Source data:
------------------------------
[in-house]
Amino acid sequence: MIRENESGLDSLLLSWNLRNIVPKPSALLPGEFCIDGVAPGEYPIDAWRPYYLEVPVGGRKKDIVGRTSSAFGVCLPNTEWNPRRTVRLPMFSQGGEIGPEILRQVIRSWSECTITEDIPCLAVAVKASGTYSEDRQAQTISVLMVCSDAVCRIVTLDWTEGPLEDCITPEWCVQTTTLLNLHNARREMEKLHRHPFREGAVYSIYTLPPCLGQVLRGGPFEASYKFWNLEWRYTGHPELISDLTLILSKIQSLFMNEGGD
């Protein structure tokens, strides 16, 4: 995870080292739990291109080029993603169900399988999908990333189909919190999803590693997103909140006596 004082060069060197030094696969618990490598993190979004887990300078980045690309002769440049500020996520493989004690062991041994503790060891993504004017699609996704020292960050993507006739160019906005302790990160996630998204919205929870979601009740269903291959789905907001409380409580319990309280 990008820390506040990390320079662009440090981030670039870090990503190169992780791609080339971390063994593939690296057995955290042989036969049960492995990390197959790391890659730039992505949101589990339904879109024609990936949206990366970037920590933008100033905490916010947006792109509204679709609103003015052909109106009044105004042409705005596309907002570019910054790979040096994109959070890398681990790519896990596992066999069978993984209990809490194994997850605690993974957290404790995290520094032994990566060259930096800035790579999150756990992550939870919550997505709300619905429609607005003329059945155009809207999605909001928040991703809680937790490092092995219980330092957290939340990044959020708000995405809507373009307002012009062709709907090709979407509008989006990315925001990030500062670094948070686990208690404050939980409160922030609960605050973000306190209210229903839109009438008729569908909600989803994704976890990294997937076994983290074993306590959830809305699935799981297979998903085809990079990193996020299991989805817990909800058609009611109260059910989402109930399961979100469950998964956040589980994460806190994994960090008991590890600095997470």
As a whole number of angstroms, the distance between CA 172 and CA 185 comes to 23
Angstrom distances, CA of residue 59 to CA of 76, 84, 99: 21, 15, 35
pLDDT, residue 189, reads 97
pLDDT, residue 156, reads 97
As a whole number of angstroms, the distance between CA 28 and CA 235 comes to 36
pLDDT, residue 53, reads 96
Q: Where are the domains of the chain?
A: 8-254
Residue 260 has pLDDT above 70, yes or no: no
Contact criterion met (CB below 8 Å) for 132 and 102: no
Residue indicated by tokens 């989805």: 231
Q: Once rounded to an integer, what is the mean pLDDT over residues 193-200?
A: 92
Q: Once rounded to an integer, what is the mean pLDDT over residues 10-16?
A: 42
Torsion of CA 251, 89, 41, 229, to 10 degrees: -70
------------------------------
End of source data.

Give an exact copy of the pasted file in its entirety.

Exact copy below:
[in-house]
Amino acid sequence: MIRENESGLDSLLLSWNLRNIVPKPSALLPGEFCIDGVAPGEYPIDAWRPYYLEVPVGGRKKDIVGRTSSAFGVCLPNTEWNPRRTVRLPMFSQGGEIGPEILRQVIRSWSECTITEDIPCLAVAVKASGTYSEDRQAQTISVLMVCSDAVCRIVTLDWTEGPLEDCITPEWCVQTTTLLNLHNARREMEKLHRHPFREGAVYSIYTLPPCLGQVLRGGPFEASYKFWNLEWRYTGHPELISDLTLILSKIQSLFMNEGGD
């Protein structure tokens, strides 16, 4: 995870080292739990291109080029993603169900399988999908990333189909919190999803590693997103909140006596 004082060069060197030094696969618990490598993190979004887990300078980045690309002769440049500020996520493989004690062991041994503790060891993504004017699609996704020292960050993507006739160019906005302790990160996630998204919205929870979601009740269903291959789905907001409380409580319990309280 990008820390506040990390320079662009440090981030670039870090990503190169992780791609080339971390063994593939690296057995955290042989036969049960492995990390197959790391890659730039992505949101589990339904879109024609990936949206990366970037920590933008100033905490916010947006792109509204679709609103003015052909109106009044105004042409705005596309907002570019910054790979040096994109959070890398681990790519896990596992066999069978993984209990809490194994997850605690993974957290404790995290520094032994990566060259930096800035790579999150756990992550939870919550997505709300619905429609607005003329059945155009809207999605909001928040991703809680937790490092092995219980330092957290939340990044959020708000995405809507373009307002012009062709709907090709979407509008989006990315925001990030500062670094948070686990208690404050939980409160922030609960605050973000306190209210229903839109009438008729569908909600989803994704976890990294997937076994983290074993306590959830809305699935799981297979998903085809990079990193996020299991989805817990909800058609009611109260059910989402109930399961979100469950998964956040589980994460806190994994960090008991590890600095997470």
As a whole number of angstroms, the distance between CA 172 and CA 185 comes to 23
Angstrom distances, CA of residue 59 to CA of 76, 84, 99: 21, 15, 35
pLDDT, residue 189, reads 97
pLDDT, residue 156, reads 97
As a whole number of angstroms, the distance between CA 28 and CA 235 comes to 36
pLDDT, residue 53, reads 96
Q: Where are the domains of the chain?
A: 8-254
Residue 260 has pLDDT above 70, yes or no: no
Contact criterion met (CB below 8 Å) for 132 and 102: no
Residue indicated by tokens 């989805």: 231
Q: Once rounded to an integer, what is the mean pLDDT over residues 193-200?
A: 92
Q: Once rounded to an integer, what is the mean pLDDT over residues 10-16?
A: 42
Torsion of CA 251, 89, 41, 229, to 10 degrees: -70